Israeli Regulator Designates Utility Tokens Issued by Companies as Securities

0
91

The Israel Securities Authority (ISA) recently ruled that utility models issued by companies are securities and therefore cannot be classified as assets. The ISA’s decision was made after Israeli technology startup Kirobo tried to convince the regulator that the proposed token issue was not a security offer.

Token Value Growth

However, in response to Kirobo’s claims, the ISA released a position paper explaining why the proposed token offering “should be subject to Israeli securities regulations”. In setting aside Kirobo’s averages, the ISA insists that the “tokens should be viewed as securities, either because of the risk of holding them or because of buyers’ expectations of short- or long-term returns. “

The regulator also highlights an important aspect of Kirobo’s proposal that appears to undercut the utility model claims. In the position paper, the ISA reveals that “Kirobo’s plans to hold 0.8% of the tokens indicate that the value of the tokens should increase”. The slider adds:

There is a likelihood that there will be investors who buy the token for financial purposes and with the expectation that its value will increase, which is characteristic of investments in securities.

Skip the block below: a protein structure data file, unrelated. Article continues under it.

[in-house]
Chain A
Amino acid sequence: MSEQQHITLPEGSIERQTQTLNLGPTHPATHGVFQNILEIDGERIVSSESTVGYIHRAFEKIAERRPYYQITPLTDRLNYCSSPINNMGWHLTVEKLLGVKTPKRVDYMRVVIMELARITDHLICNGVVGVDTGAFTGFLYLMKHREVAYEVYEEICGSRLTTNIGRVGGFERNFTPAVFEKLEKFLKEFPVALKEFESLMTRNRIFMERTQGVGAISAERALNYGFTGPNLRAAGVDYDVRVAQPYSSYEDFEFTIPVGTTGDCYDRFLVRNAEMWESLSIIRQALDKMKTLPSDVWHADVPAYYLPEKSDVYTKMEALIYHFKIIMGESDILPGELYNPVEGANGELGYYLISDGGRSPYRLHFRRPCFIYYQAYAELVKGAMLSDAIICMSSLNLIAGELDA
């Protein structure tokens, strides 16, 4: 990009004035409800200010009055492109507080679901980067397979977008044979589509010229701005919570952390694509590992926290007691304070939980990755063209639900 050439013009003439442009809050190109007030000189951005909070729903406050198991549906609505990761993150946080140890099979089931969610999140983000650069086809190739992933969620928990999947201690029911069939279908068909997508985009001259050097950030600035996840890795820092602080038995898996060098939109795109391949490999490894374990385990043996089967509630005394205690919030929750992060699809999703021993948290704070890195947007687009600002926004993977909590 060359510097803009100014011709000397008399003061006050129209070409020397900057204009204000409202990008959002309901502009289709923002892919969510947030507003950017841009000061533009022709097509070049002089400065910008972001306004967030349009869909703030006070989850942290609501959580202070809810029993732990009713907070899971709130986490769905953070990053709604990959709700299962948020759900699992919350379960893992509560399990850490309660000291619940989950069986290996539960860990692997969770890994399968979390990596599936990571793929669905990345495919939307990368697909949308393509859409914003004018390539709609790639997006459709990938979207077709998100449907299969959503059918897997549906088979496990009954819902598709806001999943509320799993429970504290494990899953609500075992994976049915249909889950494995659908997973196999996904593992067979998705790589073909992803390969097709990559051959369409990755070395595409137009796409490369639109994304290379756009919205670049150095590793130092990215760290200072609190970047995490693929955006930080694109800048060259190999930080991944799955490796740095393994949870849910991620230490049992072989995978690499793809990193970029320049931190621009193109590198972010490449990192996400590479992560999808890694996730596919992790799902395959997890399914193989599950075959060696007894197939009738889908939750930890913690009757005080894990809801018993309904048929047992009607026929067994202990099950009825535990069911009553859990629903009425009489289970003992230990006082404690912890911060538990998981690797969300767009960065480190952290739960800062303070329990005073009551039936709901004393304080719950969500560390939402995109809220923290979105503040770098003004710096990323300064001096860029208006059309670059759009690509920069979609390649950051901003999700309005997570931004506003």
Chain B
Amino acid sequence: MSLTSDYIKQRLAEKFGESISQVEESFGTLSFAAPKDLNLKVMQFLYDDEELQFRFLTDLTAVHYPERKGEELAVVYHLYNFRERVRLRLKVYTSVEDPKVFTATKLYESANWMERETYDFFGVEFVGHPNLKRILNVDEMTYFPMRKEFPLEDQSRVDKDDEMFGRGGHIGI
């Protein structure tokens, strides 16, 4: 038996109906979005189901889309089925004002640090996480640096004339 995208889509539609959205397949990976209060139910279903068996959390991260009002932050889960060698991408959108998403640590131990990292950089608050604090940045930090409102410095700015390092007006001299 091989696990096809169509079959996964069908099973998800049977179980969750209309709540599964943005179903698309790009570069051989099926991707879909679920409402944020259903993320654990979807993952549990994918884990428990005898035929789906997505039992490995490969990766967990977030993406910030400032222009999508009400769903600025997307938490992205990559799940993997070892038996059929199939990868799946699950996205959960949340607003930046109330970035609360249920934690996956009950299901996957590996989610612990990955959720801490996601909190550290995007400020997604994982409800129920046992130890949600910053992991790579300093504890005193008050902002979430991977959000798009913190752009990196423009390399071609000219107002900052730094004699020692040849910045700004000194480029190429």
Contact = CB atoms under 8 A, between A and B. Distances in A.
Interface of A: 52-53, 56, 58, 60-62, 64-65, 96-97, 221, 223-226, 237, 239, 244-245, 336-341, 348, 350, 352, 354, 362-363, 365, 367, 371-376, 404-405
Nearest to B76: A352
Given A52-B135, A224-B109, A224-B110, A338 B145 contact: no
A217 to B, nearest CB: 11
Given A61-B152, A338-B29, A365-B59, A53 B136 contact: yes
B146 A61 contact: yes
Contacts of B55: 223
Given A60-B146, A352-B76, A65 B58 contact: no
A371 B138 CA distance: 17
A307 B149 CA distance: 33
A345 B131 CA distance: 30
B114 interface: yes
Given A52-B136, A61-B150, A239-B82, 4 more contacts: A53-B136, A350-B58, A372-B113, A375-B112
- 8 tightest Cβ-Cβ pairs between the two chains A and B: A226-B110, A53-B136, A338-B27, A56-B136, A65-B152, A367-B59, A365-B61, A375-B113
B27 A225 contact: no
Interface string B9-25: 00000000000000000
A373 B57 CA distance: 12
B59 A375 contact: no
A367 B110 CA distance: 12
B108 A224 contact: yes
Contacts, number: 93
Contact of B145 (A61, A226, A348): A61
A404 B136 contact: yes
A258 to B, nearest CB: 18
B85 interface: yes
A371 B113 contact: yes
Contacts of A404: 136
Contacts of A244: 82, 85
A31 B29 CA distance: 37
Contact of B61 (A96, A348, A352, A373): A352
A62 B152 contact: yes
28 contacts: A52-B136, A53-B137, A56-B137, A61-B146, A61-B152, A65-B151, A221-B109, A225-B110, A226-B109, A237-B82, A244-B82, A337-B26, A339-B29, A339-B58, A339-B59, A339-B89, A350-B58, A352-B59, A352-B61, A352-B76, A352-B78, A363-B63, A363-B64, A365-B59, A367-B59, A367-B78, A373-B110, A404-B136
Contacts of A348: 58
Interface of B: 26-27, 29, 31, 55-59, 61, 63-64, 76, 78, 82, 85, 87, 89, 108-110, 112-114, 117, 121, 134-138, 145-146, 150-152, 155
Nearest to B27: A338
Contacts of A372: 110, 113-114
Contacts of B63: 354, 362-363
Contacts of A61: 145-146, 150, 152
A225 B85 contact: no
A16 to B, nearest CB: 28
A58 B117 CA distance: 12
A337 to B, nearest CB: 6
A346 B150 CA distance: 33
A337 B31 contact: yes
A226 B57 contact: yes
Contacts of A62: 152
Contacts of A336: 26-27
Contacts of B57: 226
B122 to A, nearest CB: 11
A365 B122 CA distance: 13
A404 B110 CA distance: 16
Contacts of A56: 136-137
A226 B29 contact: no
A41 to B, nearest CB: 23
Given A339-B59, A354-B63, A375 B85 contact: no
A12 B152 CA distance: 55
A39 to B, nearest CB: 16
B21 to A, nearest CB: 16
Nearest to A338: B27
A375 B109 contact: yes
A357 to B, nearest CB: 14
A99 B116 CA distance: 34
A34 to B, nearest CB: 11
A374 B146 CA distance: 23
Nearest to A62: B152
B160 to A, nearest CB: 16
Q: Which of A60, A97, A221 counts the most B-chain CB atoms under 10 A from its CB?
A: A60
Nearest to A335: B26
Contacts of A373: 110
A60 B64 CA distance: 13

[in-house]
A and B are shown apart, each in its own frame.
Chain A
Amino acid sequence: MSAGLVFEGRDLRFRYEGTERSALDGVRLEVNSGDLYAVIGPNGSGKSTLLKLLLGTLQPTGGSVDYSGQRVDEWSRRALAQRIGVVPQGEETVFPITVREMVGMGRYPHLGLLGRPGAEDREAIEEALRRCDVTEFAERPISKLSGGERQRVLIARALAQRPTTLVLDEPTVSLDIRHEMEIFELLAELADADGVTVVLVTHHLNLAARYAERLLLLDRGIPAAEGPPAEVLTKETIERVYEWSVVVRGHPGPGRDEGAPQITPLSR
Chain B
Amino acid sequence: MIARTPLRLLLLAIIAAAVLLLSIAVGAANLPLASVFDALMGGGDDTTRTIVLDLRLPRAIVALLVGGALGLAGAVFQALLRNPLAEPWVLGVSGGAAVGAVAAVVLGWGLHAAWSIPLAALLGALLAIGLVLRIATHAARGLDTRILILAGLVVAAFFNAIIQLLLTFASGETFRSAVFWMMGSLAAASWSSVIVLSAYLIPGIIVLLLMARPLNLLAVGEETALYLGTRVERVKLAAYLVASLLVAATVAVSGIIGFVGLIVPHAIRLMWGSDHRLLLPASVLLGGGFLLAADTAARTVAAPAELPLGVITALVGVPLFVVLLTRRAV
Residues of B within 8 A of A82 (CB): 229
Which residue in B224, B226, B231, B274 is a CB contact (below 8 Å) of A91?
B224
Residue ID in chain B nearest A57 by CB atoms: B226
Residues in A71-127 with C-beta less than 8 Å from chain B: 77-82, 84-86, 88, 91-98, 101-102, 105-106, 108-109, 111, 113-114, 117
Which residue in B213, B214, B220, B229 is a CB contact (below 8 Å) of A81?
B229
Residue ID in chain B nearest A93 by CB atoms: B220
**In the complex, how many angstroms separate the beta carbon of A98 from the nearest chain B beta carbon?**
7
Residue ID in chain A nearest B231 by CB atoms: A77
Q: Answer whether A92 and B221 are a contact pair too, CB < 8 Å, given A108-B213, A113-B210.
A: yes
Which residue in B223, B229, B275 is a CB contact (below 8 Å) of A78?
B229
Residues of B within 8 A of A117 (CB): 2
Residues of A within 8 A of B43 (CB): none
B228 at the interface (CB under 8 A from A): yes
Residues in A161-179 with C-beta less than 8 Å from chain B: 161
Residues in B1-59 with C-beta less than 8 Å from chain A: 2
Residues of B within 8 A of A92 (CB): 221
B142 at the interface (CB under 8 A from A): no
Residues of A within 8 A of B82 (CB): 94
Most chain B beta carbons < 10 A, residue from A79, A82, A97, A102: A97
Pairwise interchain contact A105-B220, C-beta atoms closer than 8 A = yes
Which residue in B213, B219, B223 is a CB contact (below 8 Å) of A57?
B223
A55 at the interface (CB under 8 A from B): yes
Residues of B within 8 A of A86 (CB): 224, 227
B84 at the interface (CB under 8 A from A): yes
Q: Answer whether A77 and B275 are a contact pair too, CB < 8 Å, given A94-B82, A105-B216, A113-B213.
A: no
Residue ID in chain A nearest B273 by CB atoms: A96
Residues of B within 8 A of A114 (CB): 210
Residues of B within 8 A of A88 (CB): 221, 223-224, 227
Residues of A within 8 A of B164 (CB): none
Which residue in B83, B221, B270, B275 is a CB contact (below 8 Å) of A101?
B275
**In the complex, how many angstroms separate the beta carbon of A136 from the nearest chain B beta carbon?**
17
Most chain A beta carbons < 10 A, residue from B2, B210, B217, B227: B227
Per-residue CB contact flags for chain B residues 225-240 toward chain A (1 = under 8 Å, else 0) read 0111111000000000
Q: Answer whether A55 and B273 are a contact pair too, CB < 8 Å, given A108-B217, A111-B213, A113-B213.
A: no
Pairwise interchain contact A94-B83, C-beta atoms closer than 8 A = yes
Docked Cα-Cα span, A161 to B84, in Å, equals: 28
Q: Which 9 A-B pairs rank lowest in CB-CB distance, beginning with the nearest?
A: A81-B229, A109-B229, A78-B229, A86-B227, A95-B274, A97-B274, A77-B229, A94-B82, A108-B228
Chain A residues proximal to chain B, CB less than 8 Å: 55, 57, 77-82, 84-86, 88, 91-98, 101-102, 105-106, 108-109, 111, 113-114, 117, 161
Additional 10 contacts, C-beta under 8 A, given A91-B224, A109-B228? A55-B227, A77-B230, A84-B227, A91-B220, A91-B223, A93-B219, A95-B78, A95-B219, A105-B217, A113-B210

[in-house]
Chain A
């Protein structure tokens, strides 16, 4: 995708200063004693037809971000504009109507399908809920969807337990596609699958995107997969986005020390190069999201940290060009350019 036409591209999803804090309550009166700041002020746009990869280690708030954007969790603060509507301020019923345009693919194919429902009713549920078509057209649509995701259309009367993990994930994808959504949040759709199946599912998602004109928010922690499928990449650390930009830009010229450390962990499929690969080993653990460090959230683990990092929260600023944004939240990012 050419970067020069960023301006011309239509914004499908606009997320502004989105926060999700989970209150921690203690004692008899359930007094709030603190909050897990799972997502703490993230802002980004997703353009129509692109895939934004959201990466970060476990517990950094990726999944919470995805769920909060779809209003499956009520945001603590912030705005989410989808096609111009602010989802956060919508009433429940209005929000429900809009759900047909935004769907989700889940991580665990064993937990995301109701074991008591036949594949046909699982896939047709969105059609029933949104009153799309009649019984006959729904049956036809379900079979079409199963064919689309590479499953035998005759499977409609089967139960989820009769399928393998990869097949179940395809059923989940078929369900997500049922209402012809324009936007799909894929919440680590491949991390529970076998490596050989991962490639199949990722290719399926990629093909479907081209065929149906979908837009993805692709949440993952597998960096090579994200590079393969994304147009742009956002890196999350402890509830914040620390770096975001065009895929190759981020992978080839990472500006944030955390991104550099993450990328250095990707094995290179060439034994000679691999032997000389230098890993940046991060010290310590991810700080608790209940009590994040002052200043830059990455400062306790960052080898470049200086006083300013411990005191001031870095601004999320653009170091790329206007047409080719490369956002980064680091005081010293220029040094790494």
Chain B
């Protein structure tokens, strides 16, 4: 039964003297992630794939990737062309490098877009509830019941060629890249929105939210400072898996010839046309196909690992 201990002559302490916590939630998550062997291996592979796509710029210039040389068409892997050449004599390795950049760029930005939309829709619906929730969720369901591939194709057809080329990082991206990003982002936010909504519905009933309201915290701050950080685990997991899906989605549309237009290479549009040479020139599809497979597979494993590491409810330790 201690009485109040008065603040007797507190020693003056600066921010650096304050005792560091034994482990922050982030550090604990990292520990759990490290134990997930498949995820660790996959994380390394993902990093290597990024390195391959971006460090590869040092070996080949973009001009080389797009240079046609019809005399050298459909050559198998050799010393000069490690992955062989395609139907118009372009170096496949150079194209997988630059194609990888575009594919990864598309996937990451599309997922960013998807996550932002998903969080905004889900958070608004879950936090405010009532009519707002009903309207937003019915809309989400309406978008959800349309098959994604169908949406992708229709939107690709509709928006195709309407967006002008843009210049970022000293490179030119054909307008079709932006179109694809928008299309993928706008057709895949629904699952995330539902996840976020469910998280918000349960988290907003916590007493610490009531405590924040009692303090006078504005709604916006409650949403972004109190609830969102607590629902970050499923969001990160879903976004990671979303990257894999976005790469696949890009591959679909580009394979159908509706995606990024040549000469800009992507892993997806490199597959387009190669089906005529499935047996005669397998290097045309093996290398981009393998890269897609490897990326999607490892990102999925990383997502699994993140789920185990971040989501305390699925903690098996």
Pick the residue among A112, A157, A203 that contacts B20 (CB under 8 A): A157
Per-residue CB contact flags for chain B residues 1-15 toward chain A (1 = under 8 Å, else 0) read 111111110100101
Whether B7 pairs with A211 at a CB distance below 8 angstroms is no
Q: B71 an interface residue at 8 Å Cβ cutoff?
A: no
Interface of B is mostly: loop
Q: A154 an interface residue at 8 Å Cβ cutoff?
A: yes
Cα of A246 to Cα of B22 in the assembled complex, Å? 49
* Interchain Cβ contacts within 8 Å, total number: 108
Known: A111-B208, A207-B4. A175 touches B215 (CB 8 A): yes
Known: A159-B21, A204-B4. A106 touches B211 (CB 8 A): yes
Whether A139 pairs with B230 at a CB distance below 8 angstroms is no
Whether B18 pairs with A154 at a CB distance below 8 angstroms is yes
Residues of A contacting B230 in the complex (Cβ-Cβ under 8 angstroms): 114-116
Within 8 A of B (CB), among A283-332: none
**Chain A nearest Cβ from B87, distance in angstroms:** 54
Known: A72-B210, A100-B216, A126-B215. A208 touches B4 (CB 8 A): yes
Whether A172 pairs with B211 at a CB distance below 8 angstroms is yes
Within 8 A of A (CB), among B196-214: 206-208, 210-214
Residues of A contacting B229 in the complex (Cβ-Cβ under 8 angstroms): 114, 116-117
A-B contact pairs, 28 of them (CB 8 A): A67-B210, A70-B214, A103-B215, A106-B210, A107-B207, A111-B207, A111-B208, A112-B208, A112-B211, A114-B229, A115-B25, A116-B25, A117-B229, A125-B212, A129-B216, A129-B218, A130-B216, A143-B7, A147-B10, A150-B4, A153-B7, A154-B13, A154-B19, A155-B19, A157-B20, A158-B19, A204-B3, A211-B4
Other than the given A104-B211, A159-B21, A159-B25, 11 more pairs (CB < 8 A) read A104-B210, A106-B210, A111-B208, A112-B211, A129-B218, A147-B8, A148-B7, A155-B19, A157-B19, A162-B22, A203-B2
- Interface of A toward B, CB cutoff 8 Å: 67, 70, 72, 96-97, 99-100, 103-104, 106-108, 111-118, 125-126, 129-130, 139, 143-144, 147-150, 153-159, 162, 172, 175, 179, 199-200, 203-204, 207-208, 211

Regulators that regulate cryptos

The rest of the report, which doesn’t reveal how the tech startup responded to the ruling, implies that the ISA’s stance is similar to the US stance on Ripple’s token. Towards the end of 2020, regulators in the US stated that the issuance of the XRP token was in violation of US securities law. The SEC has now filed a $ 1.3 billion lawsuit against Ripple and its executives for these alleged violations.

Meanwhile, the report states that the two countries’ decisions were made at a time when “financial regulators are still looking at how to regulate cryptocurrencies like Bitcoin and its competitors.” The report concludes by suggesting that “future court battles could determine whether cryptocurrencies can make the leap from niche to mainstream asset”.

What exactly should be called a utility or a security token? You can let us know what you think in the comments section.

Photo credit: Shutterstock, Pixabay, Wiki Commons